THERE is an irony related to biodiversity and economics. Communities that live in close contact with biodiversity-rich forests are economically poor, whereas people who live in biodiversity-poor urban centres and make commercial use of the biological resources are economically rich. To stretch the theory further, biodiversity-rich tropical countries are usually economically poor, whereas developed industrialised countries, which use biological resources to manufacture industrial products, are rich. […]

A trek with Kanis

There were far more questions than answers. The Jawaharlal Nehru Tropical Botanic Garden and Research Institute (JNTBGRI) in Thiruvananthapuram, Kerala, entering into an agreement with the Kani tribal people of the Western Ghats was one of the efforts taken to work out a benefit-sharing model with the conservers of biodiversity and associated traditional knowledge. Scientists of the JNTBGRI discovered the energy-giving qualities of the fruit of a plant called “Arogyapacha” (Trichopus zeylanicus) during their trek into the forests in 1987 for an ethnobotanical survey with elders of the Kani tribe as guides. Even as the scientists panted as they climbed the steep slopes, the tribal elders showed no signs of fatigue. The reason for this, they found out, was “Arogyapacha” fruits they consumed.

An agreement was worked out between the Kanis, the JNTBGRI and a private company Arya Vaidya Pharmacy Ltd (AVP), to bring this biodiversity product and the associated traditional knowledge into greater public use by developing a commercial drug called Jeevani. The JNTBGRI scientists identified and isolated 12 active compounds from the fruit and filed two patent applications on the drug. […]

A trust fund, with nine Kanis as trustees, was established in 1997.

The benefit-sharing arrangement, however, went through some chaotic phases. The Forest Department had reservations about declaring Arogyapacha a minor forest produce, for fear of its over-exploitation. There was a lack of unanimity among the Kani people about their understanding of the benefit-sharing and the trust arrangement. Then there were the complexities relating to who owned the resource and the traditional knowledge and whether the plant was growing on private or government land. […]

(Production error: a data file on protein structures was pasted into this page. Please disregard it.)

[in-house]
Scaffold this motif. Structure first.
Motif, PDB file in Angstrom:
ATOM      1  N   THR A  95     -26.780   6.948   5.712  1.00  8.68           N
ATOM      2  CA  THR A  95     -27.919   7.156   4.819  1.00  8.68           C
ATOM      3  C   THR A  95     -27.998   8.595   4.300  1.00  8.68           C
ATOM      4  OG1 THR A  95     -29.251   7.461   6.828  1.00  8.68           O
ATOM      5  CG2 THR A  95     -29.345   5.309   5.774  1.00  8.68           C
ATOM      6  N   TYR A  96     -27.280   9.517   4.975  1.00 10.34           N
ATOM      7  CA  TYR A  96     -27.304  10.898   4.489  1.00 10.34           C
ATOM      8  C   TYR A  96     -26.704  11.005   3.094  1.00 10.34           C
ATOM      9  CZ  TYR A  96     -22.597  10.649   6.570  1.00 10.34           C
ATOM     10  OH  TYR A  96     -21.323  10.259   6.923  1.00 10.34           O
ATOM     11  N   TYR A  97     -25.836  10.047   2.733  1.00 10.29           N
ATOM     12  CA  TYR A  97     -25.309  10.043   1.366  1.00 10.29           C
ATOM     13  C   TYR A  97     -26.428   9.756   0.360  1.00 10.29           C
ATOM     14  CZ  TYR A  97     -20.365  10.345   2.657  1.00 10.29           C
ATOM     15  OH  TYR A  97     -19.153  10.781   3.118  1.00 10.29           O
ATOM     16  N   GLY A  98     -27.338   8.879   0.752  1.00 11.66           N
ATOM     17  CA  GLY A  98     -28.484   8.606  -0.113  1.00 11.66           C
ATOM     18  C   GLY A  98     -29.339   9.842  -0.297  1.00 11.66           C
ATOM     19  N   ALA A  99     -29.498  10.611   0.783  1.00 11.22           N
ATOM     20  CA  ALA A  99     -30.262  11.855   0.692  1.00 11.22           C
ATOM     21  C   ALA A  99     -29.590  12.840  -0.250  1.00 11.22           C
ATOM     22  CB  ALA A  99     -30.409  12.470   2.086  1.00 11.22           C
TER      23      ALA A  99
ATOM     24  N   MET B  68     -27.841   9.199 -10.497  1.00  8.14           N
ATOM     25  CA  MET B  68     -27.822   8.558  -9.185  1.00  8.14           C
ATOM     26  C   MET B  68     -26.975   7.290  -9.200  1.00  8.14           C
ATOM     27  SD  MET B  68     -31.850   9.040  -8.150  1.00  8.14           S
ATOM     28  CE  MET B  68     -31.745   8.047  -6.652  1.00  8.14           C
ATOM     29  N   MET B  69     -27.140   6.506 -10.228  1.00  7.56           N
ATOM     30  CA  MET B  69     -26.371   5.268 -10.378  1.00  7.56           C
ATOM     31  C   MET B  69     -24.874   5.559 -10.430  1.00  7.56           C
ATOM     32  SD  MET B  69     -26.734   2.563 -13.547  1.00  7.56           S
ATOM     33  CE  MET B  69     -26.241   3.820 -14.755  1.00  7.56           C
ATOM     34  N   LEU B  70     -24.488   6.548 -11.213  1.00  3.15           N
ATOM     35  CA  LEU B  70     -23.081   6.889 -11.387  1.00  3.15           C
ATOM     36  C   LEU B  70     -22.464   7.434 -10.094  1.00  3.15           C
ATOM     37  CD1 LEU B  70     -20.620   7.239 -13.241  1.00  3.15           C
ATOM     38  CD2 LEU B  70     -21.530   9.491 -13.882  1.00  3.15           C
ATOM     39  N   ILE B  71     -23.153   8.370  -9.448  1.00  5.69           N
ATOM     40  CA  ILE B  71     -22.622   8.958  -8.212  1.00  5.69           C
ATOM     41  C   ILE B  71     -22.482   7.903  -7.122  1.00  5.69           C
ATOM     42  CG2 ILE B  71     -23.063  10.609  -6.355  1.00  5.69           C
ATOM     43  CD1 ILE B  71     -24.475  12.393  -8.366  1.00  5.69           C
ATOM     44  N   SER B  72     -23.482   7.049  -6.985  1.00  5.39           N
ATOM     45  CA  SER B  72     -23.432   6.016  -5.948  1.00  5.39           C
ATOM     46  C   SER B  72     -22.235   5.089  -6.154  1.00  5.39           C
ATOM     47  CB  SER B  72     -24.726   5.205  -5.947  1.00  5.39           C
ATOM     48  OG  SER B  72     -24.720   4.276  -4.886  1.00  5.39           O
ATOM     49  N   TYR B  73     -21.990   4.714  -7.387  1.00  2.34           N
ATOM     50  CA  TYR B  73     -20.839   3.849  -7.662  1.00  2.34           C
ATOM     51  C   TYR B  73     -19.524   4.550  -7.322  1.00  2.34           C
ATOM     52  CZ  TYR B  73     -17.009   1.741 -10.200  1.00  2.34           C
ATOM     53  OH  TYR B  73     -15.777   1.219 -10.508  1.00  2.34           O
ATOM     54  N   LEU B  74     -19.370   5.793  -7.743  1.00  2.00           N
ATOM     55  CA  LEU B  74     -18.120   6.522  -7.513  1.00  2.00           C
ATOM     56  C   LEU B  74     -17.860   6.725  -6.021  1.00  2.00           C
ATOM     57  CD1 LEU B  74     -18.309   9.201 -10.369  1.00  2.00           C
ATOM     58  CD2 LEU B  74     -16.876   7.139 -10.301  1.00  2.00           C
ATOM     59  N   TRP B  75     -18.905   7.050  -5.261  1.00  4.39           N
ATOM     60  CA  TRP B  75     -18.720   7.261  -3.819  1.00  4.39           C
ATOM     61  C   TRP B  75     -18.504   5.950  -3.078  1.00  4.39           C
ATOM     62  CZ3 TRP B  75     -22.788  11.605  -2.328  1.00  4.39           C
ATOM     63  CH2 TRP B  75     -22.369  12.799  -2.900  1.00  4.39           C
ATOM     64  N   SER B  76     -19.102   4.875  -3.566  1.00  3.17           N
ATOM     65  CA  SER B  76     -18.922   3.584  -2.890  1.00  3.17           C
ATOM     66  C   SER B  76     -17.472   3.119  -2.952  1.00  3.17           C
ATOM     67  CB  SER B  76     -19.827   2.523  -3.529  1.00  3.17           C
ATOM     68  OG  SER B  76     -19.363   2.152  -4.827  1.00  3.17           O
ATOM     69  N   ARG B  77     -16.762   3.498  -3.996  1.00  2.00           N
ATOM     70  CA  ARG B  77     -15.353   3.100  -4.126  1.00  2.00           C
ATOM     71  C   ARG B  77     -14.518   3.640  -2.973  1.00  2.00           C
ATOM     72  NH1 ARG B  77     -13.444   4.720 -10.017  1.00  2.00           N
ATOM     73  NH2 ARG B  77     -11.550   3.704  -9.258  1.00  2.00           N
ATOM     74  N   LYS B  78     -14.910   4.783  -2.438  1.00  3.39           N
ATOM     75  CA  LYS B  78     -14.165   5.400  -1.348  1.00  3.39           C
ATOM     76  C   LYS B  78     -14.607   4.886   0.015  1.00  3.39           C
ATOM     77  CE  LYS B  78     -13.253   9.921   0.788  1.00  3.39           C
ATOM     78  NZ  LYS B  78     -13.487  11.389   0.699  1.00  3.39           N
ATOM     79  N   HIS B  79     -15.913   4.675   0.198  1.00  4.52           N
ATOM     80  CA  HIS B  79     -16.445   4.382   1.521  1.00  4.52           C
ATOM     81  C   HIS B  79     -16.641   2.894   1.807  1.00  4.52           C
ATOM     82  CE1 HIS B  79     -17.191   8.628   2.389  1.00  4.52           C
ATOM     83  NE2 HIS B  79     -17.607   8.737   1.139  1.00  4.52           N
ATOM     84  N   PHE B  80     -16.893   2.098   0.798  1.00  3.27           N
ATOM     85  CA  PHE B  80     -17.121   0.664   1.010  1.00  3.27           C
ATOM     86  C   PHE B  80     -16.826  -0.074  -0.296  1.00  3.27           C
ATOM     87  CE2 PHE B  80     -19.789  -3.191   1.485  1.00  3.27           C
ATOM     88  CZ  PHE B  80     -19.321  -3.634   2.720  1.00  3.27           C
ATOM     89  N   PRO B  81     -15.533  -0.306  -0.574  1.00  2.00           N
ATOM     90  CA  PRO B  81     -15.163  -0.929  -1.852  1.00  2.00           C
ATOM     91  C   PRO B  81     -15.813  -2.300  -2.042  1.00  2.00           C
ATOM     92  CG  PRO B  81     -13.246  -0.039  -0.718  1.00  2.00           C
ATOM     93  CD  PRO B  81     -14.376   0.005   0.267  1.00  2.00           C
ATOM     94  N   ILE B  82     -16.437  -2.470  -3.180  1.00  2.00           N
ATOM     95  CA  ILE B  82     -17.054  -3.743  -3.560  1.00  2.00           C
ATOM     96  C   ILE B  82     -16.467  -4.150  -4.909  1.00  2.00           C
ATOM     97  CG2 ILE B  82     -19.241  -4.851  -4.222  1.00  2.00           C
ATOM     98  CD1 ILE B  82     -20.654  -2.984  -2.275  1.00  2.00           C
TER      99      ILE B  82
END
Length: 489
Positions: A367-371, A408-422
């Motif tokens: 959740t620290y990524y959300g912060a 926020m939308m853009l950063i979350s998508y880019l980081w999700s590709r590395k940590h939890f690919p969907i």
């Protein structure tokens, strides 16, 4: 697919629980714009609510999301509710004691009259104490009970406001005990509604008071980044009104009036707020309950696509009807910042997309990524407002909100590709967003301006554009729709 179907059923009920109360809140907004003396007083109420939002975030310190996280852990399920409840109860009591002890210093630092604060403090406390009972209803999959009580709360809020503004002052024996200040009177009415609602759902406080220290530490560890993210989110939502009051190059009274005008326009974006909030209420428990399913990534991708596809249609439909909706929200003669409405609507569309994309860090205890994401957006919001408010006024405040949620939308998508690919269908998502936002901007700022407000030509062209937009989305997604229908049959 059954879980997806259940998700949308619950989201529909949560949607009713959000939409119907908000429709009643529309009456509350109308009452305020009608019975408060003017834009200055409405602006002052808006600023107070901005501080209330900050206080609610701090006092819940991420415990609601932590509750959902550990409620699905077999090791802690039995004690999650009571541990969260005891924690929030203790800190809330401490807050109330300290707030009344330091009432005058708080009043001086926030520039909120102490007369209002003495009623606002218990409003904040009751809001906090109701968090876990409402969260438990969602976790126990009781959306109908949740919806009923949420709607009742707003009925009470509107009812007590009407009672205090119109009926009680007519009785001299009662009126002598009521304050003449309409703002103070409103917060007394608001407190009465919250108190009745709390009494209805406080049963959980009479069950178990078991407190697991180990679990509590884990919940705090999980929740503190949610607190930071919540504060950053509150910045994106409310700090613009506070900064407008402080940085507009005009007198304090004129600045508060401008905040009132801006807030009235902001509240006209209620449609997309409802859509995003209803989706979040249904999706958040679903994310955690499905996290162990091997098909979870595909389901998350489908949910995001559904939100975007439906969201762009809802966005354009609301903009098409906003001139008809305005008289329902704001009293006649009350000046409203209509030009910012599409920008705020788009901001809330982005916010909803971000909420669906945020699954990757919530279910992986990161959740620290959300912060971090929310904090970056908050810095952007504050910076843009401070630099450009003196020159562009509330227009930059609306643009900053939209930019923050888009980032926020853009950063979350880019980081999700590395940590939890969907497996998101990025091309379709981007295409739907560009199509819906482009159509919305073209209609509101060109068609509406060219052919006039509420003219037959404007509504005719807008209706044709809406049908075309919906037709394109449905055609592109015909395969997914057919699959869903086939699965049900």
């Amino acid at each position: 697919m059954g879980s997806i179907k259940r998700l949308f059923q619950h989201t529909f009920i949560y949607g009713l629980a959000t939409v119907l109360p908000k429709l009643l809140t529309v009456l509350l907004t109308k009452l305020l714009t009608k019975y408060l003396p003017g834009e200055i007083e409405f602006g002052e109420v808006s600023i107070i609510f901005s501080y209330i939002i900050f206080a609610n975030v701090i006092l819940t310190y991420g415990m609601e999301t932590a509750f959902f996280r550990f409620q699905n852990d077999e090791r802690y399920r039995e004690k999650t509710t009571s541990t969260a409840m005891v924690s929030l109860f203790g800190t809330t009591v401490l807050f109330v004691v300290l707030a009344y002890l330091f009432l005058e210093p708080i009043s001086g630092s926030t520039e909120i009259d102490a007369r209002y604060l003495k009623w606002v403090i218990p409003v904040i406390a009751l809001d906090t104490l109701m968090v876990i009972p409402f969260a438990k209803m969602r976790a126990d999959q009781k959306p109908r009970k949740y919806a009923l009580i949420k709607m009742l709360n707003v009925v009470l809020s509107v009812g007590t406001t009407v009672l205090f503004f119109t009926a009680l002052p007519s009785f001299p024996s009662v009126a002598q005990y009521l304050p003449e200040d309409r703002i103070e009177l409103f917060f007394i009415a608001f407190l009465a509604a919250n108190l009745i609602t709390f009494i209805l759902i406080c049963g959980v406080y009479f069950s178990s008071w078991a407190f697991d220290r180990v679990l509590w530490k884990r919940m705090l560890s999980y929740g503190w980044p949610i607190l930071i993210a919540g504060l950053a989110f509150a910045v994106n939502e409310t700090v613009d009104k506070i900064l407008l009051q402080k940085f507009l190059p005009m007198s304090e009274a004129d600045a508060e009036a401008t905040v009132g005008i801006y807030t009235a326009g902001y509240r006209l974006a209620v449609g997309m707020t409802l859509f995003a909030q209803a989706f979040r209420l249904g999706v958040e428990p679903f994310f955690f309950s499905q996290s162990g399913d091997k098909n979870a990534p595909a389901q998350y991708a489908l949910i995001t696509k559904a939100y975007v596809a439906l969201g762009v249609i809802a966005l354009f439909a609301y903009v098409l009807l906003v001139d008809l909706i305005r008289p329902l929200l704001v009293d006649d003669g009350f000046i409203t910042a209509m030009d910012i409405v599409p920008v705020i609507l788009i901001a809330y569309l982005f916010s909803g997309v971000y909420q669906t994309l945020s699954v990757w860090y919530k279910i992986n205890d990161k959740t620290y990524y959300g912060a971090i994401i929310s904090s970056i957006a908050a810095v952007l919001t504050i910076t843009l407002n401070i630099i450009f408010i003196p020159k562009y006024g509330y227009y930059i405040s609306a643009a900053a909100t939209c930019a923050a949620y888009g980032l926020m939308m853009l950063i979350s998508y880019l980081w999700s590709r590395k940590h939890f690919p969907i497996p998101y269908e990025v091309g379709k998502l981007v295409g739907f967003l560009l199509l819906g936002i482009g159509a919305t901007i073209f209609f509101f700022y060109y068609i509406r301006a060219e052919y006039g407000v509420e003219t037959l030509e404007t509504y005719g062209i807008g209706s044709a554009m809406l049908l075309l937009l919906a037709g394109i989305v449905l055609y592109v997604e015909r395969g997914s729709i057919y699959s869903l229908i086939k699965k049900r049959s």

The Nagoya protocol

Also, the Nagoya Protocol on Access and Benefit Sharing, an offshoot of the CBD, came into force in October 2014, mandating countries to enact laws to protect these elements. The protocol aims to facilitate access to genetic resources and share benefits from their commercial use with the communities in an internationally acceptable manner, which has legal certainty and transparency.

Interestingly, India had most of the elements of the Nagoya Protocol as part of its Biodiversity Act of 2002. Thus, it has much of the framework required for commercialising biological diversity and associated traditional knowledge in a sustainable manner. […]

Srivastava’s conclusions and recommendations may not be the last word on the subject as it is constantly evolving. But, his effort to comprehensively include in the book all aspects of access and benefit sharing will certainly enable managers, researchers, activists and representatives of the indigenous community to negotiate better deals in the future.

S. Gopikrishna Warrier is an environment journalist and blogger.

Source: Frontline, May 27, 2016 (Accessed 2 December 2017)

Tip

A fictionalized account of the intellectual property rights (IPRs) discussed above has been published in 2017:

I am very happy to share with you the link to my third Intellectual Property law thriller, The Dravidian – God’s Own Tribe, which is now available on Amazon Kindle. The novel is loosely based on the traditional knowledge case of the Kani Tribe from the Western Ghats. Link to my novel: https://www.amazon.in/Dravidian-Gods-Tribe-Legal-Thrillers-ebook/dp/B076TG5MH9

If you are able to read the novel, I will look forward to your kind feedback/review.

 

Source: email dated 2 December 2017 from Dr. Kalyan C. Kankanala

For Indian publications use the present search window

Search tips: if you miss a Custom Search window or media contents on this page (1) switch from “Reader” to regular viewing; (2) set your browser’s Security settings to “Enable JavaScript”; (3) if still missing, check Google support for browsers and devices. | More tips >>

Related posts

About website administrator

Secretary of the foundation
This entry was posted in Accountability, Community facilities, Customs, Ecology and environment, Economy and development, Ethnobotany, Government of India, Health and nutrition, Literature - fiction, Literature and bibliographies, Maps, Names and communities, Organizations, Press snippets, Regions of India, Resources, Rights of Indigenous Peoples, Southern region, Success story, Tips, Topics and issues, Western Ghats - tribal heritage & ecology and tagged . Bookmark the permalink.